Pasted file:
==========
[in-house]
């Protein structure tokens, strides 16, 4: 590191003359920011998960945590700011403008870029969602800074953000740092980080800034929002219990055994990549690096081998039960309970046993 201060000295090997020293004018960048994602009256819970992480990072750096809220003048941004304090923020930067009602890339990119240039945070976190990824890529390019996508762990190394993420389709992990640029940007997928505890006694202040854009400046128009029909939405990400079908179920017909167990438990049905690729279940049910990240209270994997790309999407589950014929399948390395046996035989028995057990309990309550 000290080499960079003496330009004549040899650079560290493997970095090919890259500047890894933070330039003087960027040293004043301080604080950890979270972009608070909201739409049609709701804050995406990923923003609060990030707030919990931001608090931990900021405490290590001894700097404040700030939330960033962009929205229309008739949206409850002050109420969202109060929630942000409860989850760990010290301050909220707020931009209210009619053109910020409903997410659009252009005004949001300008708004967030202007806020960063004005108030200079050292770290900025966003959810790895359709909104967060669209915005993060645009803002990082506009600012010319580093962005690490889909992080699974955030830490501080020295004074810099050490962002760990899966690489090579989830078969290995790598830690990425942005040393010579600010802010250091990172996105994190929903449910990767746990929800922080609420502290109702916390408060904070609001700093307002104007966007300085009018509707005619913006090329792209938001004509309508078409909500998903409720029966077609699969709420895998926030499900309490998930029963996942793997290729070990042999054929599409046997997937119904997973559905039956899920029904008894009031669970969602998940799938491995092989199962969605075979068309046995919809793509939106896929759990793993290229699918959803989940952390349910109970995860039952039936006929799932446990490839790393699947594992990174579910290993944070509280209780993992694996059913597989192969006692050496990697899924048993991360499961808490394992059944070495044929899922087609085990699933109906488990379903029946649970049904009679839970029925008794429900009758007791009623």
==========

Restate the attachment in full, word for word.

[in-house]
């Protein structure tokens, strides 16, 4: 590191003359920011998960945590700011403008870029969602800074953000740092980080800034929002219990055994990549690096081998039960309970046993 201060000295090997020293004018960048994602009256819970992480990072750096809220003048941004304090923020930067009602890339990119240039945070976190990824890529390019996508762990190394993420389709992990640029940007997928505890006694202040854009400046128009029909939405990400079908179920017909167990438990049905690729279940049910990240209270994997790309999407589950014929399948390395046996035989028995057990309990309550 000290080499960079003496330009004549040899650079560290493997970095090919890259500047890894933070330039003087960027040293004043301080604080950890979270972009608070909201739409049609709701804050995406990923923003609060990030707030919990931001608090931990900021405490290590001894700097404040700030939330960033962009929205229309008739949206409850002050109420969202109060929630942000409860989850760990010290301050909220707020931009209210009619053109910020409903997410659009252009005004949001300008708004967030202007806020960063004005108030200079050292770290900025966003959810790895359709909104967060669209915005993060645009803002990082506009600012010319580093962005690490889909992080699974955030830490501080020295004074810099050490962002760990899966690489090579989830078969290995790598830690990425942005040393010579600010802010250091990172996105994190929903449910990767746990929800922080609420502290109702916390408060904070609001700093307002104007966007300085009018509707005619913006090329792209938001004509309508078409909500998903409720029966077609699969709420895998926030499900309490998930029963996942793997290729070990042999054929599409046997997937119904997973559905039956899920029904008894009031669970969602998940799938491995092989199962969605075979068309046995919809793509939106896929759990793993290229699918959803989940952390349910109970995860039952039936006929799932446990490839790393699947594992990174579910290993944070509280209780993992694996059913597989192969006692050496990697899924048993991360499961808490394992059944070495044929899922087609085990699933109906488990379903029946649970049904009679839970029925008794429900009758007791009623």